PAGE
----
• http://www.zatznotfunny.com DaveZatz

    Have you also tried Photoshop Express?
    http://www.photoshop.com/express

  • http://www.daleisphere.com Dale Dietrich

    Terrific article Glen.

    Eckel makes some good points but I don’t think he’s fully giving credit where credit is do and what makes Silicon Valley so successful – its a willingness to take Risks, as Sun did, and ship something that is ‘good enough’ rather than wait around for perfection.

    Clearly JAVA, Javascript and AJAX have limitations and we need to evolve to advance standards, frameworks, front ends etc. But I’m delighted Sun did what they did. The Internet revolution was, in part, fueled by Java, JavaScript and AJAX (limited as they were) – especially the whole Web 2.0 phenomena.

    Couldn’t agree more though that building for the web is a pain – even today. As I developed wishhh.com (PHP, MySQL, CSS – and a little java that I could crib off from others) I needed to constantly test across a half dozen browsers (old and new versions). While wishhh.com works on almost everything, making it do so came at a huge cost of time and energy for me. For future projects I think I’m going to scale back and focus on only the top 3 browsers of the day and say ‘ to hell with the rest’. I’m a one man shop when it comes to development. If users are unwilling to move up to a current browser (when they are ALL free) I’m not going to feel sorry for them if they can’t use my site.

    If there ever is a global CSS standard adhered too by all browsers, I’ll be the first to cheer! As for building with Flash, I’ve never even looked into it. I have assumed it would be either too complex or too expensive for me to tinker with. And, for the moment, I’m immersed in all things iPhone development related. Though I do hope to get back into web development once again in the future – more likely mobile to web interactive apps with the iPhone and Android.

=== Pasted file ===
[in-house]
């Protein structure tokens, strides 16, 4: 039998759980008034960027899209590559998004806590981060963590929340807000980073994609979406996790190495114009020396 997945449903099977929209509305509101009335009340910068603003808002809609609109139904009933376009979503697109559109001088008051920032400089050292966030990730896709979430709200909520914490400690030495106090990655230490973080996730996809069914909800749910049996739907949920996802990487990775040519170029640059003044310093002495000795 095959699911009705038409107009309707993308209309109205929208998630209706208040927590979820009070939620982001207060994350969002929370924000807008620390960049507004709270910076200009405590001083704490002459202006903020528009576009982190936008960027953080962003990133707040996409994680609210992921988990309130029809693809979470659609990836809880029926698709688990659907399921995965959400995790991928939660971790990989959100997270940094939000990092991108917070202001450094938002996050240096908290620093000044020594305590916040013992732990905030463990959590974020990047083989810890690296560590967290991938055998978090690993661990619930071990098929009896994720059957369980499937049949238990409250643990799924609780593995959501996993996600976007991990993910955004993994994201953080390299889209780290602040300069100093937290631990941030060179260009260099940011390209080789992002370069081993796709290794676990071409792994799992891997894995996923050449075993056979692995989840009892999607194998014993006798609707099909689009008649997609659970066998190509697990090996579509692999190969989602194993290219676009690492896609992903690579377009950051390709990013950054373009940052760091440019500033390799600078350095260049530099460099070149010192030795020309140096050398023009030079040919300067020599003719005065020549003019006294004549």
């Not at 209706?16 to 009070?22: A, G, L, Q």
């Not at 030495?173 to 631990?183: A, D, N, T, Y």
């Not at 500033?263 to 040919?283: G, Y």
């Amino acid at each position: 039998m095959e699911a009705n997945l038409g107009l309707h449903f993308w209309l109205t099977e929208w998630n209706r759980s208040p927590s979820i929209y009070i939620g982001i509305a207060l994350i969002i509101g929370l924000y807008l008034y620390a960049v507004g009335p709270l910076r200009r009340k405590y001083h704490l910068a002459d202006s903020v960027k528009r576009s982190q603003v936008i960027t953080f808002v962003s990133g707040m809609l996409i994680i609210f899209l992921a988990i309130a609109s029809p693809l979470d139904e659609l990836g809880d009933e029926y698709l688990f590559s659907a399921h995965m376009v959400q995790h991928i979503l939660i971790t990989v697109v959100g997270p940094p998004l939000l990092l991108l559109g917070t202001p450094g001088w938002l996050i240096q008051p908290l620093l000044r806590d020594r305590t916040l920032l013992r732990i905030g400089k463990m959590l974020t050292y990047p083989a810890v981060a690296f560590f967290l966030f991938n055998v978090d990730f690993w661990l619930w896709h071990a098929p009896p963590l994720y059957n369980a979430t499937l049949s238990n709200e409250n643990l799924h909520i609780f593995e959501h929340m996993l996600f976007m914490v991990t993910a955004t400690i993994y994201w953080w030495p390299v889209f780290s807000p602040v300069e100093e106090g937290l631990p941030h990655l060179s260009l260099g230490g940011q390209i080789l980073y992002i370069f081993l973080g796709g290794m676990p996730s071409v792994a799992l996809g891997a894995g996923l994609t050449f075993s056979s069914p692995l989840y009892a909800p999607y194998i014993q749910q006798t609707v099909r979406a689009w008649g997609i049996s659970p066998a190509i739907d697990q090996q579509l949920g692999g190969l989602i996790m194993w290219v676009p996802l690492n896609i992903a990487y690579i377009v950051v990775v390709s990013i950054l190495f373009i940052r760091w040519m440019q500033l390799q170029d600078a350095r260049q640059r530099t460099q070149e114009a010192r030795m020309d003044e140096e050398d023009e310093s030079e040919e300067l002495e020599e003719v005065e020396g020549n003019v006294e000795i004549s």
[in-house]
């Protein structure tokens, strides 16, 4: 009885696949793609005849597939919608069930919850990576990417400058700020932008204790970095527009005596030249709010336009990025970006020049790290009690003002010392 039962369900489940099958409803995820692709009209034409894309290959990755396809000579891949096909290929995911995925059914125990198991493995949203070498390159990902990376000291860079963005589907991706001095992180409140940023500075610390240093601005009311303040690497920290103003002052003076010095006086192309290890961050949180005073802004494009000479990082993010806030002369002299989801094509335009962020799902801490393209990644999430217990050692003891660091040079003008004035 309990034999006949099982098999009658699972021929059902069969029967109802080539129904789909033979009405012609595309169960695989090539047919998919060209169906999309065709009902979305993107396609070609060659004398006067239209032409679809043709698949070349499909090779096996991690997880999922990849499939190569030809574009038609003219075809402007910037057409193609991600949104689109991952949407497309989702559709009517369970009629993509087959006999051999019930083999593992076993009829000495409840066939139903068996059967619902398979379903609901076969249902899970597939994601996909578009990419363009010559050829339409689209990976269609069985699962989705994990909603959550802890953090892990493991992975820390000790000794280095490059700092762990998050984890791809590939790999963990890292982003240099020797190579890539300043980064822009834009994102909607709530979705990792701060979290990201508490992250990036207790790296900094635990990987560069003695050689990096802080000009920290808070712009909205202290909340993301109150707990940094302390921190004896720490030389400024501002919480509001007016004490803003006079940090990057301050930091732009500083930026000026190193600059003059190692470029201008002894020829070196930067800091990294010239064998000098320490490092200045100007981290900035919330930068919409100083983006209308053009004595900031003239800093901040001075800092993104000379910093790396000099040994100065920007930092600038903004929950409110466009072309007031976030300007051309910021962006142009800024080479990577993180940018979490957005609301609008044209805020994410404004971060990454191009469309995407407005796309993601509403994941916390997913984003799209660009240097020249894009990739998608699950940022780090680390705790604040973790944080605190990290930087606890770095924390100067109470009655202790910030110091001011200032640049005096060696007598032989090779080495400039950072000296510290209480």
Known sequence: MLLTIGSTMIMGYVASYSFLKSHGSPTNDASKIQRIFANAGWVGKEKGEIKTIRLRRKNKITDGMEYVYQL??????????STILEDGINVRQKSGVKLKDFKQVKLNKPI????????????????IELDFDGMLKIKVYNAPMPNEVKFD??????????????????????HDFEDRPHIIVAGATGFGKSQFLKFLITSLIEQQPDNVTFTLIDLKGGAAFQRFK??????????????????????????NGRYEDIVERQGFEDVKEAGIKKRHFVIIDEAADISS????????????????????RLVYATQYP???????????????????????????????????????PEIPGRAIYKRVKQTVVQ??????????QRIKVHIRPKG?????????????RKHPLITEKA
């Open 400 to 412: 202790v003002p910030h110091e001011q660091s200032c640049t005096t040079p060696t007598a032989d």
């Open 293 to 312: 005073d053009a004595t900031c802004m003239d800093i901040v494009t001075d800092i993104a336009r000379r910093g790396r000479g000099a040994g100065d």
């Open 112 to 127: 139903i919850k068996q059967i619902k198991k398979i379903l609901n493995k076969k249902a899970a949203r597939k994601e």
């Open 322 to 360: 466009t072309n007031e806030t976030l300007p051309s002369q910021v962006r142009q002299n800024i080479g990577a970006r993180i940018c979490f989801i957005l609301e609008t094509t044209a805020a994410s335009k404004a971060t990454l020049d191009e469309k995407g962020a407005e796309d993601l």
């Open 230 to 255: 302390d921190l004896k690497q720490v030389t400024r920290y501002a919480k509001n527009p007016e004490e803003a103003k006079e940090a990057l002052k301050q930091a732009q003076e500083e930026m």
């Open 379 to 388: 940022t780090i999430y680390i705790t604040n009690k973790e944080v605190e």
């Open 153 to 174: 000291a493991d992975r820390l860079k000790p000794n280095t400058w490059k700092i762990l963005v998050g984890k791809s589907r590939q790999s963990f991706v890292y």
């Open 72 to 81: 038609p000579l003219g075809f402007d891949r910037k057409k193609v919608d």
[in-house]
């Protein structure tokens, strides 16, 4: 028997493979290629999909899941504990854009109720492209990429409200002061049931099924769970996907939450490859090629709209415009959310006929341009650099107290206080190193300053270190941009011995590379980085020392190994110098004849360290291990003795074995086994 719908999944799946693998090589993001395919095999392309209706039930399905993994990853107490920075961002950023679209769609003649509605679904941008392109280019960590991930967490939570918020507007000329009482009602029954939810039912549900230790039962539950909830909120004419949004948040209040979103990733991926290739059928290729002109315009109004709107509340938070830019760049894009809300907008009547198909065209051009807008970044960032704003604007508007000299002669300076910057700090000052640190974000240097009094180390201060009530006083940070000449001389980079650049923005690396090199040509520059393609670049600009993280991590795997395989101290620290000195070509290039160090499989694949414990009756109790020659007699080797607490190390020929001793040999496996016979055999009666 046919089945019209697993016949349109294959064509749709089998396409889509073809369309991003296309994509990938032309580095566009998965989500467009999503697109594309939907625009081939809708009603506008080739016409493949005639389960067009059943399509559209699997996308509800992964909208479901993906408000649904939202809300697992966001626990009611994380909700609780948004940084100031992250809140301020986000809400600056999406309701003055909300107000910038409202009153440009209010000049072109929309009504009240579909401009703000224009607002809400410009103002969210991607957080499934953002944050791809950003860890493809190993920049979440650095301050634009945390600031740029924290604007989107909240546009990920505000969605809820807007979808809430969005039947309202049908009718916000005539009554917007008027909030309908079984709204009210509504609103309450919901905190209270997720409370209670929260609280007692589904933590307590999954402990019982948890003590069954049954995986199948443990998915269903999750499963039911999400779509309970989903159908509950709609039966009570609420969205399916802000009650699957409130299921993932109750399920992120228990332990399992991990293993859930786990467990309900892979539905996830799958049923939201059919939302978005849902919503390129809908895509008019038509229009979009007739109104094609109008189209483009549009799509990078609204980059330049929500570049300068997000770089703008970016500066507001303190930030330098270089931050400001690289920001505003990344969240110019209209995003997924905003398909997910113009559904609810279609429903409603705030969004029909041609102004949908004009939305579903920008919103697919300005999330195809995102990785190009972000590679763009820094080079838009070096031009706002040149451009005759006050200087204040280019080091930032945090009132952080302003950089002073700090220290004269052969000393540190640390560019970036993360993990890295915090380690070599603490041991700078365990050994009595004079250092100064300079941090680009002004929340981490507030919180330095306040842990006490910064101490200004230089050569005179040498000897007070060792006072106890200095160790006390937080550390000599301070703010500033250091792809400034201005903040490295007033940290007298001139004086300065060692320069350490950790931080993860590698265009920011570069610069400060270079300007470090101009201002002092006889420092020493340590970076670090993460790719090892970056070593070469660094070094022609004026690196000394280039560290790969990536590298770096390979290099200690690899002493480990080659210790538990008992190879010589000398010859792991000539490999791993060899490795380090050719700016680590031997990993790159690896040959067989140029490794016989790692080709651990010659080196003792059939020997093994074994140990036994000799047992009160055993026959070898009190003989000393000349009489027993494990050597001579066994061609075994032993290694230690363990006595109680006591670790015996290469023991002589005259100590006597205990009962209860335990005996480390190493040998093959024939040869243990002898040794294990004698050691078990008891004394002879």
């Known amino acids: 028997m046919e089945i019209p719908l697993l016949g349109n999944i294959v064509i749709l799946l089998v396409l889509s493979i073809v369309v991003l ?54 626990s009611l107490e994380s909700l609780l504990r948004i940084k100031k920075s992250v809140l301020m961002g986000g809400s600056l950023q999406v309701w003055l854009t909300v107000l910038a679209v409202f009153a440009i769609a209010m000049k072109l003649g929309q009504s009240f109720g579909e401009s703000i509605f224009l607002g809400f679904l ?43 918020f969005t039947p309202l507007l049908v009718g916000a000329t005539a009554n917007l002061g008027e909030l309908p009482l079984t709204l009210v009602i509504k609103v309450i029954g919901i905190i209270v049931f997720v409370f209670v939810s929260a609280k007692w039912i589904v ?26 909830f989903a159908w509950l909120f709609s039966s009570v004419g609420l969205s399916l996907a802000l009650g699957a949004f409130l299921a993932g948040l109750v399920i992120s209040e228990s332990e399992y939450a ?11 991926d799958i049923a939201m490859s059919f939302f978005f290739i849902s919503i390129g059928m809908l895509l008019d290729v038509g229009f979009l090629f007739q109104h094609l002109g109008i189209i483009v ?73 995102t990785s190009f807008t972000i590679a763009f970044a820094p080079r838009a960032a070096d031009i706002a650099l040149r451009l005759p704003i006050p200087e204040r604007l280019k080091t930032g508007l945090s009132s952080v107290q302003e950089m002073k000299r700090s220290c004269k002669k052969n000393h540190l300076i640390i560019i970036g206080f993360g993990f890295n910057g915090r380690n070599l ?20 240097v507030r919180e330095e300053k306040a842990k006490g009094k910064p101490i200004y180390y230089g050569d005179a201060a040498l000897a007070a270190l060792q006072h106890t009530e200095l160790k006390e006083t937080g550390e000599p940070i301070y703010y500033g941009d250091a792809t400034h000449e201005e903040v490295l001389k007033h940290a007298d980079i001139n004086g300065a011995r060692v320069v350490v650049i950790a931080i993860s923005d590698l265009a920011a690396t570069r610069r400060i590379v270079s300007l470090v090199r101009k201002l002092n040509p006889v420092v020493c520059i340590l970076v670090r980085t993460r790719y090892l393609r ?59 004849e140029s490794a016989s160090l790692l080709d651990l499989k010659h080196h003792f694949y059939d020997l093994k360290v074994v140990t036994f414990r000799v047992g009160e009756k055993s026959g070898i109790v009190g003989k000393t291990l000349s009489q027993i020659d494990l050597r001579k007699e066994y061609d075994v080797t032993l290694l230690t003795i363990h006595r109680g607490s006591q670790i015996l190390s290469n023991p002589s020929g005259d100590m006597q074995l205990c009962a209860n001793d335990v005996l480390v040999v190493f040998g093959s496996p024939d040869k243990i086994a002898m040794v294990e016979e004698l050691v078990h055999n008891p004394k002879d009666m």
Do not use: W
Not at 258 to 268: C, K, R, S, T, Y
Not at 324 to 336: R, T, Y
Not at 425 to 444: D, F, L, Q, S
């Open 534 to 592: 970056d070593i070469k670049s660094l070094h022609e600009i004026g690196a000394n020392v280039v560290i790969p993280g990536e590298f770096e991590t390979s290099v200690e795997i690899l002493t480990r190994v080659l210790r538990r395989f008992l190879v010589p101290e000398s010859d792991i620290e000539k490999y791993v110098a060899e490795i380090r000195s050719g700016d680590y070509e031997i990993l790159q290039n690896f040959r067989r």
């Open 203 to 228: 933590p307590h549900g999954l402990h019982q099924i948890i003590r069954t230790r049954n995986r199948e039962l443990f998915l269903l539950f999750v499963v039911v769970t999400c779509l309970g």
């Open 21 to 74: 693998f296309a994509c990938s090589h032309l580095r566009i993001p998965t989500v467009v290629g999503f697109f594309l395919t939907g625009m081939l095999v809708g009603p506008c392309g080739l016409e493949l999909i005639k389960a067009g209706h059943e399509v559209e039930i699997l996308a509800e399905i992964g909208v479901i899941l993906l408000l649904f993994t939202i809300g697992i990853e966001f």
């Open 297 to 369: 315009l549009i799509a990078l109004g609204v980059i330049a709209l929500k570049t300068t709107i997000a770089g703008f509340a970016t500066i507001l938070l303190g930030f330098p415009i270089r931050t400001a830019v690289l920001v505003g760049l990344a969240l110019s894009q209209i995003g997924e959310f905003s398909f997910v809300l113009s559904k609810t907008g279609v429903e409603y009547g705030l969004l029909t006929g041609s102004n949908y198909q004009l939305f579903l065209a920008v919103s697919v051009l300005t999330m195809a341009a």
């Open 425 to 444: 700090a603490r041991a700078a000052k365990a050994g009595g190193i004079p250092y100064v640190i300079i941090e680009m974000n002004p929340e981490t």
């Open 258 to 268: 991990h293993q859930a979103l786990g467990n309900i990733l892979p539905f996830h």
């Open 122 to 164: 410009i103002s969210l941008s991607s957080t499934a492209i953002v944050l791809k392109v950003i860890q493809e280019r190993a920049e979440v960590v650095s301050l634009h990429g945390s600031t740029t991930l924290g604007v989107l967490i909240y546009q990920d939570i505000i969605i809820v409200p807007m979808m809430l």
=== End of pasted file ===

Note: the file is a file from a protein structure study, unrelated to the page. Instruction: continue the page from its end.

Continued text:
• http://www.daleisphere.com Dale Dietrich

    No. Have you? The fact that I have to 'sign up' is already an impediment to even try.

  • http://www.zatznotfunny.com Dave Zatz

    I signed up, but never really used it. My brief experience seemed more tedious and limited than just firing up Elements which I already own. There's one other service, I played with and maybe Mari blogger, but I don't remember. Just because I can do something online, doesn't mean I want to? Hm.

  • http://www.zatznotfunny.com Dave Zatz

    I signed up, but never really used it. My brief experience seemed more tedious and limited than just firing up Elements which I already own. There's one other service, I played with and maybe Mari blogger, but I don't remember. Just because I can do something online, doesn't mean I want to? Hm.

  • http://www.zatznotfunny.com Dave Zatz

    I signed up, but never really used it. My brief experience seemed more tedious and limited than just firing up Elements which I already own. There's one other service, I played with and maybe Mari blogger, but I don't remember. Just because I can do something online, doesn't mean I want to? Hm.

  • http://www.daleisphere.com Dale Dietrich

    Yes … me too … I'll continue to use paint.net. I was mostly impressed with what can be done online and in the fact that I can use it on my iMac where I need a decent image editor.

  • http://www.daleisphere.com Dale Dietrich

    Yes … me too … I'll continue to use paint.net. I was mostly impressed with what can be done online and in the fact that I can use it on my iMac where I need a decent image editor.

  • http://www.daleisphere.com Dale Dietrich

    Yes … me too … I’ll continue to use paint.net. I was mostly impressed with what can be done online and in the fact that I can use it on my iMac where I need a decent image editor.

  • http://www.daleisphere.com Dale Dietrich

    Yes … me too … I'll continue to use paint.net. I was mostly impressed with what can be done online and in the fact that I can use it on my iMac where I need a decent image editor.